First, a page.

Journalist and documentarian David Farrier likes strangeness on the fringes. And if his films are any measure (Tickled is such an odd artifact that I can’t say if I like the film or not), Farrier can’t avoid but get in the thick of the worlds his subjects inhabit. Who knows — perhaps he enjoys being pulled into the weird. (Harmless as the act was, he did not have to take the abandoned antique store’s sign, let alone go on to make an entire feature about the eponymous Mr. Organ).
Mister Organ begins at this store — Bashford Antiques. In the middle of what Farrier calls the “Beverly Hills of New Zealand,” a man is wheel-clamping cars parked in the lot by the store and charging the owners exorbitant prices just to get their cars back. One car owner, according to Farrier, was charged Continue reading Mister Organ — Fantastic Fest 2022 Movie Review→
Adamma Ebo’s Honk For Jesus. Save Your Soul. places its viewer at the intersection of capital and religion. For pastor Lee-Curtis Childs (Sterling K. Brown) and Trinitie Childs (Regina Hall), this intersection has broken traffic lights. From the beginning, there is a fissure between the two forces, and a clear favoritism in this mega-church community toward capital. And at this broken traffic stop, problems are bound to occur.
Rather, a collision has already occurred at the point in which we meet the church owners. A scandal has rocked the church, which has caused Lee-Curtis to disappear from the public eye. But he sees Easter Sunday as the perfect time for his big comeback. With the church reopening set for that Sunday, Lee-Curtis commissions a documentary film crew to chart his return to prominence; his resurrection, if you will.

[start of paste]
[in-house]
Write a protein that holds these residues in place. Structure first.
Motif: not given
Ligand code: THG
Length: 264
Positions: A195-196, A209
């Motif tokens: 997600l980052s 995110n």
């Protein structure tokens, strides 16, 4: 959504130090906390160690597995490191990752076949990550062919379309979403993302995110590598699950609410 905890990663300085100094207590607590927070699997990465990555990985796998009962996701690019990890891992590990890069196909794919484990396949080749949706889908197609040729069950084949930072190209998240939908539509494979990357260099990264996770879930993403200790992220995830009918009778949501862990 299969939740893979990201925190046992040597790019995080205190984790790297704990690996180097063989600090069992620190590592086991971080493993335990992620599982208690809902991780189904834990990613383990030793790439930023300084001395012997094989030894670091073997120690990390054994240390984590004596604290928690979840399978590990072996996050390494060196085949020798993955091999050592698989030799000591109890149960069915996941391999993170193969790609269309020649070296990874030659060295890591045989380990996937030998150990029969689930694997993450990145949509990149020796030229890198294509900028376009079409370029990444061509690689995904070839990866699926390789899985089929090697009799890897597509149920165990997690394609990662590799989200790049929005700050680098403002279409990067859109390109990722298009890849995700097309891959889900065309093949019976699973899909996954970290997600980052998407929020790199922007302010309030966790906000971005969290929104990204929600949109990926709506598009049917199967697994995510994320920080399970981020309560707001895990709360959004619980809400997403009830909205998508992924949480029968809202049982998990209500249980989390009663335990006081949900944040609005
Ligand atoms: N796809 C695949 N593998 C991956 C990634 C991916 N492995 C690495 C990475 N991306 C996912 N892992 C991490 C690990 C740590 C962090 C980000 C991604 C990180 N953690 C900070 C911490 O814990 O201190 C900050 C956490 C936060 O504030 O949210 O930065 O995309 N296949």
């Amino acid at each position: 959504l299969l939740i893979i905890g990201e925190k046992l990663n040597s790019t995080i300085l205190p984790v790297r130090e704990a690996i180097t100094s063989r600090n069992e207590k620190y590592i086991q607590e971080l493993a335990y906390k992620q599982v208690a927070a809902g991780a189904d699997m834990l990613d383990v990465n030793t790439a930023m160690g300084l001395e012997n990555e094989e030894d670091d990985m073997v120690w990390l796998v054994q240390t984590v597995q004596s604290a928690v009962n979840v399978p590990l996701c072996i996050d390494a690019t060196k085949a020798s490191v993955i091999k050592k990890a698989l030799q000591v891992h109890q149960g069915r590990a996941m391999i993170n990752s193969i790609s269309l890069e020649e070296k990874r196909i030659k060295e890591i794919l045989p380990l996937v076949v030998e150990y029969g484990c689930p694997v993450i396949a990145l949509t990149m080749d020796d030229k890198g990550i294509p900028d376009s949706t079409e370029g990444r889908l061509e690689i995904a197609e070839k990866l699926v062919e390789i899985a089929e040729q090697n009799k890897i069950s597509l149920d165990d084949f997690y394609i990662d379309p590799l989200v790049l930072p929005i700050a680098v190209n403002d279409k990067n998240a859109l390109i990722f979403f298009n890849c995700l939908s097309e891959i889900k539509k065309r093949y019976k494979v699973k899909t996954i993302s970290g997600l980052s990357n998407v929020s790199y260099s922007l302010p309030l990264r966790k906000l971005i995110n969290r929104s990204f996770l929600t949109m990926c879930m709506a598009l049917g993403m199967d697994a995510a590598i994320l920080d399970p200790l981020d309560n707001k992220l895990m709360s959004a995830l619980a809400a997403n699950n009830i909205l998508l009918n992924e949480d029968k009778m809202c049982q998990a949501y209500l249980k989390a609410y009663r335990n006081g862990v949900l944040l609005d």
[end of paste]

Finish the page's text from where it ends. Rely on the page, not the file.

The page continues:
July Jung’s Next Sohee is a story told in two nearly equal halves. In the first half, high schooler Sohee (Kim Si-eun) is awarded an externship to work at a call center office. Conditions at the call center are tense and only get worse as Sohee tries to acclimate to a highly competitive environment and training which has her doing everything in her power to delay unhappy customers’ service cancellations.
Bjorn (Morten Burian) and Louise (Sidsel Siem Koch) are on holiday in Tuscany with their daughter (Liva Forsberg), where they meet a Dutch family of similar makeup. They share a day or two together and then part ways. Back home in Denmark, Bjorn and Louise receive a postcard from their newfound acquaintances with an invitation to come stay in the family’s home in Holland. They agree, and slowly, methodically, this second vacation becomes one of nightmares.
I’ve never seen anything quite like it. There’s so much visual noise in these dark shots that you have to squint just to make out the outline of objects in the frame. Camera placement is often very low or very high, capturing fragments of doorways and hallways. A child hits his head, we’re told, but he won’t require stitches. 15 minutes go by before we see a room in this house fully illuminated. The light at the top of the steps clicks off. Darkness. The boy calls out for his father. No answer. Continue reading Review: Skinamarink — Fantasia Festival 2022→